Clinical Factors Associated with Biochemical Adrenal-Cortisol Insufficiency in Hospitalized Patients.

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Clinical Factors Associated with Biochemical Adrenal-Cortisol Insufficiency in Hospitalized Patients.

Am J Med. 2014 Mar 12;

Authors: Ben-Shlomo A, Mirocha J, Gwin SM, Khine AK, Liu NA, Sheinin RC, Melmed S

BACKGROUND: Diagnosis of adrenal-cortisol insufficiency is often misleading in hospitalized patients as clinical and biochemical features overlap with co-morbidities. We analyzed clinical determinants associated with a biochemical diagnosis of adrenal-cortisol insufficiency in non-ICU hospitalized patients.
METHODS: In a retrospective cohort study we reviewed 4668 inpatients with random morning cortisol levels ≤15 μg/dL hospitalized in our center between 2003 and 2010. Using serum cortisol threshold level of 18 μg/dL 30 and/or 60 minutes after cortrosyn (250 μg) injection to define biochemical adrenal-cortisol status, we characterized and compared insufficient (n=108, serum cortisol ≤18 μg/dL) and sufficient ( n=394; serum cortisol >18 μg/dL) non-ICU hospitalized patients.
RESULTS: Commonly reported clinical and routine biochemical adrenal-cortisol insufficiency features were similar between insufficient and sufficient inpatients. Biochemical adrenal-cortisol insufficiency was associated with increased frequency of liver disease, specifically hepatitis C (p=0.01) and prior orthotopic liver transplantation (p<0.001), HIV (p=0.005) and reported pre-existing male hypogonadism (p<0.001) as compared to biochemical adrenal-cortisol sufficiency group. Forty percent of insufficient inpatients were not treated with glucocorticoids after diagnosis. Multivariable logistic analysis demonstrated that inpatients with higher cortisol levels (p=0.0001), higher diastolic blood pressure (p=0.05) and females (p=0.009) were more likely not to be treated, while those with previous short-term glucocorticoid treatment (p=0.002), had other co-existing endocrine diseases (p=0.005) or received an inhospital endocrinology consultation (p<0.0001) were more likely to be replaced with glucocorticoids.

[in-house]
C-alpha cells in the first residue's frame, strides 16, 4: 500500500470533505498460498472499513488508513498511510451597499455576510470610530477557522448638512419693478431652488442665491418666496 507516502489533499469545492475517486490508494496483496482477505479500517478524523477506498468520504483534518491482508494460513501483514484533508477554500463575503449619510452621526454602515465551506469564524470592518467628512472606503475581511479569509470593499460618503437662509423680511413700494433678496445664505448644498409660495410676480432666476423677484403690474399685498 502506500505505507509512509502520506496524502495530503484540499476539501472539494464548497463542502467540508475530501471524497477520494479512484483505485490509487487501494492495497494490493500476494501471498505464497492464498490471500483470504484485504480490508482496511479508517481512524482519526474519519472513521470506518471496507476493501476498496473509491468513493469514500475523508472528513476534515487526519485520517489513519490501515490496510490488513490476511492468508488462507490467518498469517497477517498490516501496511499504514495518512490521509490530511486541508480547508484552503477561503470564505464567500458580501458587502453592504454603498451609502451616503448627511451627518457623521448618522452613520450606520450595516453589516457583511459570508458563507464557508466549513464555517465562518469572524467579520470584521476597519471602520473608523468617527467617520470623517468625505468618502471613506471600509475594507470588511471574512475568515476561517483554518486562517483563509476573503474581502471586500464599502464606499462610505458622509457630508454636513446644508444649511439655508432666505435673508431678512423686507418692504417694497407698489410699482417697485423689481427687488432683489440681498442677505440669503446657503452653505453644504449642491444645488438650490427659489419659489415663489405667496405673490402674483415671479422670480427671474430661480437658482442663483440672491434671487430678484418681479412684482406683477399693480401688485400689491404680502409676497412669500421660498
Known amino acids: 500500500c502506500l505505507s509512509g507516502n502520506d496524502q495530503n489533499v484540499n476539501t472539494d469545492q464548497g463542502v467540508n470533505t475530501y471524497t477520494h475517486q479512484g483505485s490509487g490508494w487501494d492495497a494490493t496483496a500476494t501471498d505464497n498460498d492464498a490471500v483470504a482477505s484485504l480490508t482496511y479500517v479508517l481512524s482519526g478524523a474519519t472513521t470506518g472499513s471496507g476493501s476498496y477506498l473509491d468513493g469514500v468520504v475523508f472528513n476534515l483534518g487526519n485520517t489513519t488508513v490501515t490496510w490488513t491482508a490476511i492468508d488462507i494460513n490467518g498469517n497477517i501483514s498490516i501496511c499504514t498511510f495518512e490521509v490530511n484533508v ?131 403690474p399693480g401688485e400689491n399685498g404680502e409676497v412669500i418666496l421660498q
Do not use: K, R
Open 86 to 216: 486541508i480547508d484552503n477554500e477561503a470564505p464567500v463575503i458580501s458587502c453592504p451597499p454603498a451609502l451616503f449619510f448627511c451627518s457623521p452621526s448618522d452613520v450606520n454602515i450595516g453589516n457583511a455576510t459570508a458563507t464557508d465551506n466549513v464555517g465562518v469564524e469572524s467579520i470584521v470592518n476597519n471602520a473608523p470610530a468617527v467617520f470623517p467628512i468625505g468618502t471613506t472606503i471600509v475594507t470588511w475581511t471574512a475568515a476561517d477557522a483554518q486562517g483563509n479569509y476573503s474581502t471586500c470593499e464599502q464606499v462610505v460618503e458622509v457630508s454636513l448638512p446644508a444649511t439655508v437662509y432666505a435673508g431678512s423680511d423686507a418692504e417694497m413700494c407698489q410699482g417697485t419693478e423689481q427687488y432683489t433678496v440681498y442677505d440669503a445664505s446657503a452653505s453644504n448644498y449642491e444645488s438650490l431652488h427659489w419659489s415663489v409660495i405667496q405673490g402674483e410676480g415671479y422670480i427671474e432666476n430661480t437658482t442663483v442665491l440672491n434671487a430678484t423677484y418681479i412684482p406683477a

CONCLUSIONS: Commonly reported adrenal-cortisol insufficiency features do not reliably identify hospitalized patients biochemically confirmed to have this disorder. Co-morbidities including hepatitis C, prior orthotopic liver transplantation, HIV, and reported pre-existing male hypogonadism may help identify hospitalized non-ICU patients for more rigorous adrenal insufficiency assessment.

PMID: 24632056 [PubMed - as supplied by publisher]

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